Class Notes, Winter 2014 CLASS OF JUNE 1943 by Ed Johannessen The Big Event for the Class of June 1943 was the observance of our 70th anniversary during this year’s homecoming. We were the first class admitted after the Pearl Harbor attack and the beginning of WWII and the last class to have the now extinct T.S. Golden State. Originally, there were only 36 of us. Six washed out and 30 graduated. Over the years, we have remained close and managed to celebrate some kind of reunion every five years. Of the 30, only six now remain, and only three were able to attend our 70th reunion: Ralph Moore, Art Morrison, and your scribe – Ed Johannessen…all deck. Thanks to the gracious hospitality of President Thomas Cropper and the efforts of Alumni President Ken Passé, our unprecedented 70th at this year’s Homecoming became our most memorable as we were honored during the Homecoming Dinner in the beautiful new dining room overlooking the Bay — an unforgettable evening for which we are most grateful. And our thanks to all who made it possible. Earlier in the year, Class energizer bunny, Art Morrison (Capt. USCG ret.), accompanied by son John, enjoyed a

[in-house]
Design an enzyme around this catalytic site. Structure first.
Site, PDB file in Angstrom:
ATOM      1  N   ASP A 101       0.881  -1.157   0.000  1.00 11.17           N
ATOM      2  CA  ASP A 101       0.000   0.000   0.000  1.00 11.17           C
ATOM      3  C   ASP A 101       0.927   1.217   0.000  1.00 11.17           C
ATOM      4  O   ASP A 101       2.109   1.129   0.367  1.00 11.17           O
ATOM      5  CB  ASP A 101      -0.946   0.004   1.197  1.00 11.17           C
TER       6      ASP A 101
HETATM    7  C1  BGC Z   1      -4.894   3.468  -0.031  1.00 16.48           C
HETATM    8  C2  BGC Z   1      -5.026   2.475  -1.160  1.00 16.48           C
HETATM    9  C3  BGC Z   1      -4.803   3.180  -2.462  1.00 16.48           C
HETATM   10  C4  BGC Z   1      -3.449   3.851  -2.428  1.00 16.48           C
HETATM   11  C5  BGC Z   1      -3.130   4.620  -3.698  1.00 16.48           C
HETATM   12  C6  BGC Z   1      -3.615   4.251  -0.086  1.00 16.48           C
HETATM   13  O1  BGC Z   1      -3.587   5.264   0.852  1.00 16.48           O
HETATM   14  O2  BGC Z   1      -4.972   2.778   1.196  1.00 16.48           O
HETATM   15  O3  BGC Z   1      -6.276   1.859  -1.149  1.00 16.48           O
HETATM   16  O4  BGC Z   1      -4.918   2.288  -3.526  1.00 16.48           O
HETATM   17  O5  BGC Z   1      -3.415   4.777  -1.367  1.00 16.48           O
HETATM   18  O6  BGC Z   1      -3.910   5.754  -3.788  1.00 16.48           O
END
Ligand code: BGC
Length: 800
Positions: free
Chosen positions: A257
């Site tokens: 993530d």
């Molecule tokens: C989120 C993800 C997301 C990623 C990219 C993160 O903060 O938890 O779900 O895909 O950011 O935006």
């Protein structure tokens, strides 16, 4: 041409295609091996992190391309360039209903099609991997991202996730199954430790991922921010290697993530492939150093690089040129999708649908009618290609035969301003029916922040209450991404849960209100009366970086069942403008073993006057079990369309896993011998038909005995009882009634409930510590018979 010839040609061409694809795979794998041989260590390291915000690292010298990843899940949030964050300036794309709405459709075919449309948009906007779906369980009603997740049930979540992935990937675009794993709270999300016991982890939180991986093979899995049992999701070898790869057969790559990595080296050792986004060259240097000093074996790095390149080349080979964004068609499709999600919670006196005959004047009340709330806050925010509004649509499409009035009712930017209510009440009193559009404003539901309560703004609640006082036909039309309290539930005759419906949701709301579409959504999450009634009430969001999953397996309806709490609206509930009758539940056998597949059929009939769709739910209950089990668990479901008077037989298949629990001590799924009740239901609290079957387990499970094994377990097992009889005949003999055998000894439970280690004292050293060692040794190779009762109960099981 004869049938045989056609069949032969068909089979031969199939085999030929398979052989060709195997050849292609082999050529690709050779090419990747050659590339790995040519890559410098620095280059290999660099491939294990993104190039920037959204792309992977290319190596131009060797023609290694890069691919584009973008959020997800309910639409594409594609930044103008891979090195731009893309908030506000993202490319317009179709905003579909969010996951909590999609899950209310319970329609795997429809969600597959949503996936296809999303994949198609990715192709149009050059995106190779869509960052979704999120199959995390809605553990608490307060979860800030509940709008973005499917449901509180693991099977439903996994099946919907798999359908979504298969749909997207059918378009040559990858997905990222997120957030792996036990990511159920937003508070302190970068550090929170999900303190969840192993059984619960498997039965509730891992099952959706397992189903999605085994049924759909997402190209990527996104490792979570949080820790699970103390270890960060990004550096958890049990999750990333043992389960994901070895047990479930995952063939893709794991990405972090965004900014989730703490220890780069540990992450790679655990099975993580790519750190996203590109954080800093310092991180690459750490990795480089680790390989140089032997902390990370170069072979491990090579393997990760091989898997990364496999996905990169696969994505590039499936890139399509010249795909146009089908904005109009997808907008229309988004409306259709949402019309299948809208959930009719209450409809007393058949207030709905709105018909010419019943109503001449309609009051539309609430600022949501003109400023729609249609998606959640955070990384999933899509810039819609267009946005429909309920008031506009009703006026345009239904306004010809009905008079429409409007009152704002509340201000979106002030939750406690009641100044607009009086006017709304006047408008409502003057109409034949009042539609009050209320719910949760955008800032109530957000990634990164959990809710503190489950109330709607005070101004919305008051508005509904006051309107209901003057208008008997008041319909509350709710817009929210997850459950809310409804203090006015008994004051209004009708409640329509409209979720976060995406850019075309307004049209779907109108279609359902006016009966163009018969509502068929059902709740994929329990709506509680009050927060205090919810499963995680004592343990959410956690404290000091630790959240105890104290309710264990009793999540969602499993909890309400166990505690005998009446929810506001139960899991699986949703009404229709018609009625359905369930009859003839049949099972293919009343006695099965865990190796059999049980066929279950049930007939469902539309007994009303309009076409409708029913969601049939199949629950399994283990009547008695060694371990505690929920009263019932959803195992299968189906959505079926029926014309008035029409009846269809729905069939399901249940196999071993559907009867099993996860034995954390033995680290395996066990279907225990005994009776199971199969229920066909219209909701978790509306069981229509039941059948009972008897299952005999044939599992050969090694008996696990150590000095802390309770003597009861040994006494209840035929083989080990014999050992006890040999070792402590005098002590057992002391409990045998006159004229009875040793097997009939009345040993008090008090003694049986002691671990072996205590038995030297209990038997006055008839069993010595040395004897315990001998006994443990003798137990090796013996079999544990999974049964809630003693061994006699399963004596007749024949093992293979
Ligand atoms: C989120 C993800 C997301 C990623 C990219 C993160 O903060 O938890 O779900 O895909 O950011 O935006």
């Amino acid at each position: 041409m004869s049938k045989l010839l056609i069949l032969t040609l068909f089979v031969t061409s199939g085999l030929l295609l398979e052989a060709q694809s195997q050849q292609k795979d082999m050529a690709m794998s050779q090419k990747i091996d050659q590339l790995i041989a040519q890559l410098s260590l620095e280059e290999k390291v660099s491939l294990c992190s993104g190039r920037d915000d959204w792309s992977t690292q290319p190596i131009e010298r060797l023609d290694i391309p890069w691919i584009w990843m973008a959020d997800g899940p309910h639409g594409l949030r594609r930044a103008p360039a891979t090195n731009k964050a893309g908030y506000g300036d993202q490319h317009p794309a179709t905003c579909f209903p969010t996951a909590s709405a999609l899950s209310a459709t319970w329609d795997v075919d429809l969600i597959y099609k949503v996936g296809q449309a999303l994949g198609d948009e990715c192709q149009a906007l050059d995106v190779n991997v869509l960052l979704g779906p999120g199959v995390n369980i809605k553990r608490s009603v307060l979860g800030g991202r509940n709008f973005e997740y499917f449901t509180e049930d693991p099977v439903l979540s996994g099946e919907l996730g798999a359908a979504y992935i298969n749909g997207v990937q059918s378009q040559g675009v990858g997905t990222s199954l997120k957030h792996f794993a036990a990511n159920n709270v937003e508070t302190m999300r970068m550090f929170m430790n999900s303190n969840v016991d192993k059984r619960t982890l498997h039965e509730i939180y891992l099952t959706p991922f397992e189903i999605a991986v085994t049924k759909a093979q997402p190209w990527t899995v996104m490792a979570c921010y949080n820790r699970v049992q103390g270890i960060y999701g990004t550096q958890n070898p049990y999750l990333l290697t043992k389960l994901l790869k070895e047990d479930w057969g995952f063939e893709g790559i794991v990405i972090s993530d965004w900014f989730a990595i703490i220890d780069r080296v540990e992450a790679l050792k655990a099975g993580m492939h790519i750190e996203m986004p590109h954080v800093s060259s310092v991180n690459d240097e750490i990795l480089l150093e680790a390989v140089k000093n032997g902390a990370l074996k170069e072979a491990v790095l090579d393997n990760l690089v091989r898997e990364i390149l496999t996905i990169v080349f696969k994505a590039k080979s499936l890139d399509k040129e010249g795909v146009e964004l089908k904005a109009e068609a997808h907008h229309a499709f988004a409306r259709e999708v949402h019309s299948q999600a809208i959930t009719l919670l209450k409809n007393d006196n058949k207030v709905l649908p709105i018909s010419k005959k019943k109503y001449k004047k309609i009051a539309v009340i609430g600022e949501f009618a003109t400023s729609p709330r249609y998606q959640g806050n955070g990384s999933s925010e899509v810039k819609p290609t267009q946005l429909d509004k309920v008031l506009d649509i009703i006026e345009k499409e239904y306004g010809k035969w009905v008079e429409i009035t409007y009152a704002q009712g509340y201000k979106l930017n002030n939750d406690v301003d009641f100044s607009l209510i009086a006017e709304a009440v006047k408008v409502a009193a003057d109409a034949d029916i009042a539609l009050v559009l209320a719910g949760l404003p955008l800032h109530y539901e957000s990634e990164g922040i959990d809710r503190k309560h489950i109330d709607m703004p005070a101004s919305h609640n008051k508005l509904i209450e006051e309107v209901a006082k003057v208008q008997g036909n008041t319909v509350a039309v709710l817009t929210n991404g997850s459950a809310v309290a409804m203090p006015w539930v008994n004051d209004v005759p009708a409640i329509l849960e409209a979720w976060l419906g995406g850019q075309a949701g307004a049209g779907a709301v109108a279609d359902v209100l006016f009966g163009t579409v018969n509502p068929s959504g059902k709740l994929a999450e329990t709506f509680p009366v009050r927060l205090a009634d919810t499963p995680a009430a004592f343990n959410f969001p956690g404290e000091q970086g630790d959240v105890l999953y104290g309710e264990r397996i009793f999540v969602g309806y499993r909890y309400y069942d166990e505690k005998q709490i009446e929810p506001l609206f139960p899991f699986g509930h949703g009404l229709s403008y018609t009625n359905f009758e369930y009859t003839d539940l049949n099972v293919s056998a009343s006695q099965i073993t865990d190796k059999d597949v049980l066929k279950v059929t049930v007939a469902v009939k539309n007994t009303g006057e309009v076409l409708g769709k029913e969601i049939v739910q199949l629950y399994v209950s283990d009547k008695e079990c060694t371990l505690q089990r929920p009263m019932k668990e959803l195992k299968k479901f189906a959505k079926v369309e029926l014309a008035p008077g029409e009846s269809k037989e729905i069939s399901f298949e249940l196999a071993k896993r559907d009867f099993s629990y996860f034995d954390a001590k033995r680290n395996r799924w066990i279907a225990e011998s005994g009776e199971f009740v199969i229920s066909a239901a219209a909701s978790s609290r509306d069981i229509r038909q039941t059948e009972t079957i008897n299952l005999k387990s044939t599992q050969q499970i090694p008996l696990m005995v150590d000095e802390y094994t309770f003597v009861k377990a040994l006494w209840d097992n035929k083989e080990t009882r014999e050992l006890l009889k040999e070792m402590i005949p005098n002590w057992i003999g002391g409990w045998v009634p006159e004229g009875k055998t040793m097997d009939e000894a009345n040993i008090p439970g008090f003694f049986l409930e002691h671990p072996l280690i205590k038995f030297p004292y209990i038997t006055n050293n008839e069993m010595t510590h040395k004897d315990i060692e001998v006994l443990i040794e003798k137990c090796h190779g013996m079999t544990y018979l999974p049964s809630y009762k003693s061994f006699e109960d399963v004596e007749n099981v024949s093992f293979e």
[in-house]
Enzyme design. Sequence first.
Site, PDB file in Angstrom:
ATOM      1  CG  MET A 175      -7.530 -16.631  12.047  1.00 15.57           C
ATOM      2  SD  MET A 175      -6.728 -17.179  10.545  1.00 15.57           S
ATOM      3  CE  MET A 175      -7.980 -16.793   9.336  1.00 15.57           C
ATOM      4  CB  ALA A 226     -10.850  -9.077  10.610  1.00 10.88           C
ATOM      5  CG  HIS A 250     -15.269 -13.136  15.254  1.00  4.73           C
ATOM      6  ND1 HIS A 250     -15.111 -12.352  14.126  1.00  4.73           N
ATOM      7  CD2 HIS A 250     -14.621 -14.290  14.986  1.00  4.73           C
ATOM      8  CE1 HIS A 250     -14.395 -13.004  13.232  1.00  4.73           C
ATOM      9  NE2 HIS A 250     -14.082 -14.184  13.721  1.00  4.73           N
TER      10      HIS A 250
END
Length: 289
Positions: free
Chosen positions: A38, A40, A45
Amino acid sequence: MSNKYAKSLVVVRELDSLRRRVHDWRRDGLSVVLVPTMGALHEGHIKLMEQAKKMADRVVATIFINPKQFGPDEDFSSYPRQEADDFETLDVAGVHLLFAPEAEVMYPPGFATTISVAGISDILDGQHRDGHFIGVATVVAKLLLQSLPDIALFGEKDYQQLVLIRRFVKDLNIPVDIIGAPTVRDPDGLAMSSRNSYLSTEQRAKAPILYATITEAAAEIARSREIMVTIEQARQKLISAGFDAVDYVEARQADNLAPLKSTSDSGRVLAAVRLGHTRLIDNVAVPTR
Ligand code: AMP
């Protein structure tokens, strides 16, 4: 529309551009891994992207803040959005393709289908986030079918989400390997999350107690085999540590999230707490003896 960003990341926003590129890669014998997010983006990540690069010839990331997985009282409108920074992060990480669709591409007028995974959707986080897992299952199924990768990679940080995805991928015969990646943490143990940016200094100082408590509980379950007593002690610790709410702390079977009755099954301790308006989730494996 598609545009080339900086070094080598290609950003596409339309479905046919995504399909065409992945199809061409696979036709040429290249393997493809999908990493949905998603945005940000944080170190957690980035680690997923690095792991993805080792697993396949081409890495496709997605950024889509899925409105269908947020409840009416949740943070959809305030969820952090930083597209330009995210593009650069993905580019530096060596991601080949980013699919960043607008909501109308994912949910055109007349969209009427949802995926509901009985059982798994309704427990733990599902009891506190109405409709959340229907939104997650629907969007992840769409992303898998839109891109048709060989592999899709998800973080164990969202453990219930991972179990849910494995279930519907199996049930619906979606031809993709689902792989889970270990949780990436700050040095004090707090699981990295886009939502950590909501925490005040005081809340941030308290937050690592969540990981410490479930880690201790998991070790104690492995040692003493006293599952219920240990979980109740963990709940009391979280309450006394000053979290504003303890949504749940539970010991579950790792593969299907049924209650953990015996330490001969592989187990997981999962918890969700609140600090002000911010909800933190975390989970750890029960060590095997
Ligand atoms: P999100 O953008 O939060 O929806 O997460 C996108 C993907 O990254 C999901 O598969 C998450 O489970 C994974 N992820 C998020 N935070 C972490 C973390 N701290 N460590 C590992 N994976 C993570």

two-week South American cruise which started in Rio de Janeiro and ended in Valparaiso, Chili – with stops in between in such places as Buenos Aires, Falkland Islands, Antarctic, Straits of Magellan, Cape Horn and Ushuaia, Argentina.
CLASS OF 1956 by Tom Lytle
Class of 1956 The Class of 1956 held a mini reunion three days and nights at Monterey, California on September 22, 23, 24 and 25, 2013. Attending were Tom Lytle, Fran and Ralph Brown, Jim Bryant, Aldy Alderson, Sue and Jack Hutchison, Tony Budlong, and Melva and Bill Hermes. They were joined for dinner one evening by Pari and Dennis Gerber, E-57, and Bunky and Duane Waters, E-55. Jim Bryant, Charles Miller and Tom Lytle attended 2013 Homecoming Dinner, picture above. Standing Manny Aschemeyer, D-63.